Based on my experience with Lopi (10 sweaters, many other mittens, slippers and shawls) I really shouldn’t be surprised by how much I love Plotulopi, but I am. Knit on its own, it’s a lighter Icelandic yarn and it has the beautiful colourwork properties of the Lett and Alafoss Lopi (the halo) that will also make it good for outerwear (snow and water will bead on top before getting absorbed into the fabric.)
It is a very different yarn from most other yarns that we have in store, most similar to the Briggs and Little Country Roving in that it’s an unspun yarn, but unlike the Country Roving it’s a single ply. This can make it a little tricky to work with- I reccomend either knitting it from the outside of the plate, or pulling out a section from the inside making it easier to knit without resistance.
The reason you want as little resistance as possible when knitting with it is that because it’s an unspun single, the yarn will draft apart and break if it gets snagged or, say, your cat decides to sit on the plate of yarn because it’s her new favourite yarn too. One of my students found that her knitting style (Portuguese) made it really difficult to work with because of the higher tension she put on her yarn.
What to do if this happens? Plotulopi doesn’t require a fancy fix, such as using a Russian join or even spit splicing. Because of the grippy, fuzziness of the Icelandic fibres, I just overlap the ends and knit the two strands together for 2 or 3 stitches and then continue on with the working yarn. Come back to this spot later, and tuck in any ends.
Why not spit splice? Plainly, because it’s a very sheepy yarn and it tastes terrible. I did find this out while working on my Aito shawl (pattern by Melody Hoffman) and this project is in a time out until I get over the betrayal of the spit splicing suggestion 😛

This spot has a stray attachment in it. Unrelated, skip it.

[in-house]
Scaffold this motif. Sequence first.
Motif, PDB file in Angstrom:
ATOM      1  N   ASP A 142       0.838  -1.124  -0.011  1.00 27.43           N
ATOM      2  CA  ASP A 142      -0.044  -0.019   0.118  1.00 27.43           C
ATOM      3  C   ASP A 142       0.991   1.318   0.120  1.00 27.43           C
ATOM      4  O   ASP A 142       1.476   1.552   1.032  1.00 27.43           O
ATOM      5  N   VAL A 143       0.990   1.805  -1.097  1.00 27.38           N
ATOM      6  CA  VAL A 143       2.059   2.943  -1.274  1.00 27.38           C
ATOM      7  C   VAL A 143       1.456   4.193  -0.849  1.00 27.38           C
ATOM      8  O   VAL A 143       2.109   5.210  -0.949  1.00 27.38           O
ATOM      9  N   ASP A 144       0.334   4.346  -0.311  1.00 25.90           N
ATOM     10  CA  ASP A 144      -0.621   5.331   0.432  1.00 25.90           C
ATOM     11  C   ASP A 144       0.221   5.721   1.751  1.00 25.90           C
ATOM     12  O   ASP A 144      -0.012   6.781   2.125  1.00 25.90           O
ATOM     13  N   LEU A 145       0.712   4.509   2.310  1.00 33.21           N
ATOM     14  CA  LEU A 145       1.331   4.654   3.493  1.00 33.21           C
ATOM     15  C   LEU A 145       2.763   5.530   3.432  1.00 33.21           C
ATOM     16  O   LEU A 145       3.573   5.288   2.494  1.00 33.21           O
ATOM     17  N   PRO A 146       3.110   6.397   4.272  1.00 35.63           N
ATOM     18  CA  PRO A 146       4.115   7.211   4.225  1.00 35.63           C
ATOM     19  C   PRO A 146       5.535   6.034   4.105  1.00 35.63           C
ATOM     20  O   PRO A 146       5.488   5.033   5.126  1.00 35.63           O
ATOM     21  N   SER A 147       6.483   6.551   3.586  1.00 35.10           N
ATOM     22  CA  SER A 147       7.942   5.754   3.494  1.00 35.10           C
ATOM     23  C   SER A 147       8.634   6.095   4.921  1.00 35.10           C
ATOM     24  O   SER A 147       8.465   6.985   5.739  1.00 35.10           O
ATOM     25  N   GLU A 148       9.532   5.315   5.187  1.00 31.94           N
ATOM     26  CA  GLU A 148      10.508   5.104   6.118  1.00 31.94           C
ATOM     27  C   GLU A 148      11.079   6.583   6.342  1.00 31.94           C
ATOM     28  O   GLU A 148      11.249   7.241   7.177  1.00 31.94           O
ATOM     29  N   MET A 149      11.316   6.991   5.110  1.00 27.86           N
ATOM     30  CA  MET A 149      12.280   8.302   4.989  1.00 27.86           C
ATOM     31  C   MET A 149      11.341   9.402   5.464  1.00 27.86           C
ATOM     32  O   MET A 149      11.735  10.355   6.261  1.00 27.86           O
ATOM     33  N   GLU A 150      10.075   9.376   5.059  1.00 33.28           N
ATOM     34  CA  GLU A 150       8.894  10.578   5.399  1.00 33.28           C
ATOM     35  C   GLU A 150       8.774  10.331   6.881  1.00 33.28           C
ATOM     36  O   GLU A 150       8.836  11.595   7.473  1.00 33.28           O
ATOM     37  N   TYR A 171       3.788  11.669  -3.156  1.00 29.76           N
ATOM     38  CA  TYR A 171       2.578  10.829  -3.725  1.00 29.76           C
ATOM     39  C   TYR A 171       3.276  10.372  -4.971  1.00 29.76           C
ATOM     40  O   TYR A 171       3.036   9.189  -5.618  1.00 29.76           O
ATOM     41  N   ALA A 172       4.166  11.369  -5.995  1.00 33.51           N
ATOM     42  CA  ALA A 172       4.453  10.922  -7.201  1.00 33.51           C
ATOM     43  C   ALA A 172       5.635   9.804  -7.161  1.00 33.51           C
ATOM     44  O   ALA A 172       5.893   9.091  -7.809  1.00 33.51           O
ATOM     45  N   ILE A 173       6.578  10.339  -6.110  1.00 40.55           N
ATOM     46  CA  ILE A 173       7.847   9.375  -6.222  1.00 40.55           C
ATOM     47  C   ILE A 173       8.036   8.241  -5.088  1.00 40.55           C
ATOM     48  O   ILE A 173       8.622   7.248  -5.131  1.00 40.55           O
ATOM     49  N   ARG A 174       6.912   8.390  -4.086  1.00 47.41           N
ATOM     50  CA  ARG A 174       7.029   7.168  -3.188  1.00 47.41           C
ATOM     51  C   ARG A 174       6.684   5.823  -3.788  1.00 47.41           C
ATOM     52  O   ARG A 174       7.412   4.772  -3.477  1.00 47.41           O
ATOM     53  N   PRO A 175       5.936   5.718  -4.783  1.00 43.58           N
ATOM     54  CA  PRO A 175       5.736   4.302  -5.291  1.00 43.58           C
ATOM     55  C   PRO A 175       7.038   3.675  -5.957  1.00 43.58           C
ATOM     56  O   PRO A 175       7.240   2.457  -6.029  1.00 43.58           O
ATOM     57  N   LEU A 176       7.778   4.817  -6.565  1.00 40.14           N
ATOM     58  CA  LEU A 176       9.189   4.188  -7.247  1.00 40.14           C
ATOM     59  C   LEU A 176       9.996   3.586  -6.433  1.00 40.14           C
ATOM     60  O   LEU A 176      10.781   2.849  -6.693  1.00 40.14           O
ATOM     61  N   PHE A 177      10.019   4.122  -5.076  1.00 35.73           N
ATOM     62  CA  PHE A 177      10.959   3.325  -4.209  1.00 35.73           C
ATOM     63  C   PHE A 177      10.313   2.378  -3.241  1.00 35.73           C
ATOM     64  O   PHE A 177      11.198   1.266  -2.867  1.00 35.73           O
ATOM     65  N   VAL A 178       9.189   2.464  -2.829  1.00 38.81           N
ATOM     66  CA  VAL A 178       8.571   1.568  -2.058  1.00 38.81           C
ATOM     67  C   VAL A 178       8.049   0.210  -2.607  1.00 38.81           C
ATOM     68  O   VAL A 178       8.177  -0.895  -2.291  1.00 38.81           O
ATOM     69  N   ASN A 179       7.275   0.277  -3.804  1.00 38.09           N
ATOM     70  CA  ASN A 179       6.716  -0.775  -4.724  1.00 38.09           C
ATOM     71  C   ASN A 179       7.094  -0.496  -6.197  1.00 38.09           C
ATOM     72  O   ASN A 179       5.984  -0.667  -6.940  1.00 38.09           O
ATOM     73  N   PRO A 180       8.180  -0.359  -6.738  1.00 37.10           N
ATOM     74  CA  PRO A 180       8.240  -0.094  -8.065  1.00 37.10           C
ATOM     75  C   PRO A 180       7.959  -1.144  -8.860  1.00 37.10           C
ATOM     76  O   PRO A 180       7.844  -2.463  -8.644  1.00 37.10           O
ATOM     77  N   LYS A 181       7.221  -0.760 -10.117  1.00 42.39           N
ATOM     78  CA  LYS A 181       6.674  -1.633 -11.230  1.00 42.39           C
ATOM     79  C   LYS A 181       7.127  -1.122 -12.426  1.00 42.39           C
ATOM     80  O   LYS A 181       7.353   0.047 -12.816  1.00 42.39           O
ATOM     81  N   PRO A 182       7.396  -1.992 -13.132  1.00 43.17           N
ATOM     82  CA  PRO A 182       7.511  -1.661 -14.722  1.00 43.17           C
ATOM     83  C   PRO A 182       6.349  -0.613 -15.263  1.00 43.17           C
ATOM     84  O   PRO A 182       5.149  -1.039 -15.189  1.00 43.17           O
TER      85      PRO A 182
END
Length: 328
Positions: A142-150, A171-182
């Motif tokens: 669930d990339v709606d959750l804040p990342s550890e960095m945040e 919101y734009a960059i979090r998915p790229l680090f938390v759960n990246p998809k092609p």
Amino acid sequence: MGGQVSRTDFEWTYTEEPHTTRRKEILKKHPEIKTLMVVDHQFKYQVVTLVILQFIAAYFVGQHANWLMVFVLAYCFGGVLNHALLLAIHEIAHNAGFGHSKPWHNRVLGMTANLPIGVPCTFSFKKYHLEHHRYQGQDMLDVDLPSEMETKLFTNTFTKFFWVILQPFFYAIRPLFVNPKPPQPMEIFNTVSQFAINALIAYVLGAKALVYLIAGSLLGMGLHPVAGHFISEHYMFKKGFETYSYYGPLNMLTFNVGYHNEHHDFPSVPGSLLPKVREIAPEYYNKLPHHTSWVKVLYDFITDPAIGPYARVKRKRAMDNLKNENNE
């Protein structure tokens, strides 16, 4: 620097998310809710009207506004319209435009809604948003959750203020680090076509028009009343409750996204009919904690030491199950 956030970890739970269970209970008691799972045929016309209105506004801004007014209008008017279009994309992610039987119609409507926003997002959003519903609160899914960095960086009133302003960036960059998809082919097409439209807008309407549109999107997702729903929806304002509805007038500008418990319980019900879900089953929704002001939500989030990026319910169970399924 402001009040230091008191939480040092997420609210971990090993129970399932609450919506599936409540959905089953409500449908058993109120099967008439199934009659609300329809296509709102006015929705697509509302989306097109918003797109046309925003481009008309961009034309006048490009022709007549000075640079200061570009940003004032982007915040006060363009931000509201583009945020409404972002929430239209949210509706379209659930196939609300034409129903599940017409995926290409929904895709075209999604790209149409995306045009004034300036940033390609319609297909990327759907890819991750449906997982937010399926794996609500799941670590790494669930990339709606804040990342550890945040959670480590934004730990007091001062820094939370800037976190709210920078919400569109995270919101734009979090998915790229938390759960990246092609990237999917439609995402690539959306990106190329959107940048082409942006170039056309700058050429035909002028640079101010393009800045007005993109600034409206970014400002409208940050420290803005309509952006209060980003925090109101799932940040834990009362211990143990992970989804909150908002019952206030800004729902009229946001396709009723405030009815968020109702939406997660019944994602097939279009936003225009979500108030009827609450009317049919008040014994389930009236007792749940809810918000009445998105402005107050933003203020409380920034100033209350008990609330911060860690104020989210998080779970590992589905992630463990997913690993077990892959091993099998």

The other project I’ve been working on with this yarn is the Glaswegian Cardigan by Amy Christoffers. It’s knitting up beautifully, and I’m loving the colours I’ve chosen. Plotulopi comes in a lot of neutrals, and a wide variety of colours, most of which show up in the Lettlopi and Alafosslopi lines as well.
Have you ever thought about knitting a Lettlopi project, but wished that you could knit it with either a marled effect, or even with a longer colour changing effect? Two strands of Plotulopi knit together equals one strand of Lettlopi, making this a chance to play around with colour even more in Lopi. The Aito pattern plays with this a bit with a single strand of Plotulopi, slowly incorporating and shifting from one colour to the next by breaking one strand of colour to add a small secrtion of the next colour, shifting back and forth until fully incorporating the next yarn. It’s a fantastic way to play with colours (that doesn’t have to require spit splicing.)
Just be warned- while this is my favourite yarn, it has also become my cats favourite as well.